RC – I’m very proud of what we’ve accomplished with Cemetery Dance magazine. I’d love to publish on a more regular schedule but the economy of the magazine market today makes that a bit difficult. Thirty years is a long time for any business venture but for a magazine, it’s an eternity! Still, we will keep plugging along, trying to get better with each subsequent issues. It’s the only way to do it. As for the magazine’s beginnings…I was in my final year of college and once I found out that publishing a magazine with high quality contents was possible for a one-or several-man crew was possible (I owe that realization and much more to the late, great David Silva of The Horror Show fame), I decided to go for it. What came next were many years of struggles and learning from my mistakes, but also a lot of happiness and gratitude. It was the best decision I ever made career wise.
TN – Lets talk a little about Stephen King. In 2017, you collaborated with him for the book, GWENDY’S BUTTON BOX. Tell us how that collaboration first came about, and your first impression of King? And what was your first Stephen King book and film?
RC – Well, Steve has always been my literary idol (he would probably hate me calling him that!), so meeting him for the first time was pretty surreal. It was at the 20th anniversary party of the publication of CARRIE in New York City. He thanked me for sending him lots of good books, and I thanked him for…well, everything. We had corresponded via the mail before that and spoken on the phone once or twice but that was the first face to face. My first impression of him remains in place today: very smart and funny and generous. He’s truly one of a kind. I believe my first SK novel was ‘Salem’s Lot, and first movie was Carrie. That’s still one of the most disturbing movies I’ve ever watched. I emailed Steve one afternoon out of the blue asking his opinion about collaborations and round robin stories. In the course of trading emails, he mentioned that he had a story he hadn’t been able to finish and I asked if I could read it. The next morning, GWENDY showed up and the rest is history.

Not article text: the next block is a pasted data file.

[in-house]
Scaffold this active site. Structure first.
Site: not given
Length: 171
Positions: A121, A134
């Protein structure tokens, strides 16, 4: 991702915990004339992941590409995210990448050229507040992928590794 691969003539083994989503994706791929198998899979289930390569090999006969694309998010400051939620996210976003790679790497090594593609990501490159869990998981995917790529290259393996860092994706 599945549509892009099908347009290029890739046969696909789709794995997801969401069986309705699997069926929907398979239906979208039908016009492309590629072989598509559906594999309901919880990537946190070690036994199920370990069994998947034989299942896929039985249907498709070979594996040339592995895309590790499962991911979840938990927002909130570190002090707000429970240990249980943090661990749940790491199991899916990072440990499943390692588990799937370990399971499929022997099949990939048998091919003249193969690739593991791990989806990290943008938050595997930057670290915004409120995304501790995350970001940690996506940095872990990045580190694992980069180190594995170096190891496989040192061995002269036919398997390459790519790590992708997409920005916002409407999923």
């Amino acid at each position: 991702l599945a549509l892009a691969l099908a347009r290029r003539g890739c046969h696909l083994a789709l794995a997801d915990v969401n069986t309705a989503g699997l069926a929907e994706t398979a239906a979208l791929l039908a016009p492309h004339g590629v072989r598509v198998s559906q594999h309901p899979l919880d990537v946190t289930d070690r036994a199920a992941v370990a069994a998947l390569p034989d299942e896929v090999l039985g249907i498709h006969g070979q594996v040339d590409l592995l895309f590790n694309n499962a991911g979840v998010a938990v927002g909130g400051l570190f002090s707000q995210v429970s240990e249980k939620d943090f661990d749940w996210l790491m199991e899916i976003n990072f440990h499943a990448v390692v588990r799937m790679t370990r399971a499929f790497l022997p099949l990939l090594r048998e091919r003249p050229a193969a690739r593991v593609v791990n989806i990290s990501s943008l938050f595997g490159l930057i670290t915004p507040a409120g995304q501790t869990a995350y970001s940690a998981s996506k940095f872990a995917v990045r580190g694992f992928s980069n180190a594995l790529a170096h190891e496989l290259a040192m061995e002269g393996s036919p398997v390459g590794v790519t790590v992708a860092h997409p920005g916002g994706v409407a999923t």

TN – Tell us a little about the sequel, GWENDY’S MAGIC FEATHER and what readers can expect? Why wasn’t Stephen King more involved? Will there be a part 3?
RC – GWENDY’S MAGIC FEATHER takes place 30 years after the end of the first book. I woke up one morning with a very clear picture in my mind of exactly what Gwendy was up to in her life. I emailed Steve later that morning to tell him my idea, with no intention at all of pitching him a second book. He wrote back and said that he was busy working on his latest novel, but that he loved the idea and I should write it. So I did. He actually edited the book a couple months later. A once in a lifetime experience for me. As for a third book in the series…stay tuned!
TN – I had the privilege of reading not only GWENDY’S MAGIC FEATHER, but also two more of your latest books: THE LONG WAY HOME (a collection of scary short stories), and THE GIRL ON THE PORCH. I really enjoyed ‘The Witch’, ‘Dirty Copper’, ‘The Association’, but in particular, I really enjoyed ‘Widow’s Point,’ in your short story book THE LONG WAY HOME. Tell us a little about these stories, and the adaptation from book to film of WIDOW’S POINT.